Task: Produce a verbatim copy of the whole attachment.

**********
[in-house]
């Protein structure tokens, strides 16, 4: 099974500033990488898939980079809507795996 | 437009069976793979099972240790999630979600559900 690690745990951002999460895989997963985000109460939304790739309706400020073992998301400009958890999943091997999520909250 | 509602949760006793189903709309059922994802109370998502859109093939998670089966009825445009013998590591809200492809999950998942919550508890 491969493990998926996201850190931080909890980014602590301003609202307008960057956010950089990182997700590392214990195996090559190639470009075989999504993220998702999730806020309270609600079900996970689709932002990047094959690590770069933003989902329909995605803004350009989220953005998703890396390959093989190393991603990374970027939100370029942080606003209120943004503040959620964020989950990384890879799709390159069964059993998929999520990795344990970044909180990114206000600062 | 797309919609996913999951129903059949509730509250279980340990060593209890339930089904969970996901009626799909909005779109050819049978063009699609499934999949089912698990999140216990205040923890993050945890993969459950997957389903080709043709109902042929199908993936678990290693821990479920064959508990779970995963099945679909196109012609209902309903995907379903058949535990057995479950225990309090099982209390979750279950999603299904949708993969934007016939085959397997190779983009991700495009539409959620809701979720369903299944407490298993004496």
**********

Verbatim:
[in-house]
């Protein structure tokens, strides 16, 4: 099974500033990488898939980079809507795996 | 437009069976793979099972240790999630979600559900 690690745990951002999460895989997963985000109460939304790739309706400020073992998301400009958890999943091997999520909250 | 509602949760006793189903709309059922994802109370998502859109093939998670089966009825445009013998590591809200492809999950998942919550508890 491969493990998926996201850190931080909890980014602590301003609202307008960057956010950089990182997700590392214990195996090559190639470009075989999504993220998702999730806020309270609600079900996970689709932002990047094959690590770069933003989902329909995605803004350009989220953005998703890396390959093989190393991603990374970027939100370029942080606003209120943004503040959620964020989950990384890879799709390159069964059993998929999520990795344990970044909180990114206000600062 | 797309919609996913999951129903059949509730509250279980340990060593209890339930089904969970996901009626799909909005779109050819049978063009699609499934999949089912698990999140216990205040923890993050945890993969459950997957389903080709043709109902042929199908993936678990290693821990479920064959508990779970995963099945679909196109012609209902309903995907379903058949535990057995479950225990309090099982209390979750279950999603299904949708993969934007016939085959397997190779983009991700495009539409959620809701979720369903299944407490298993004496």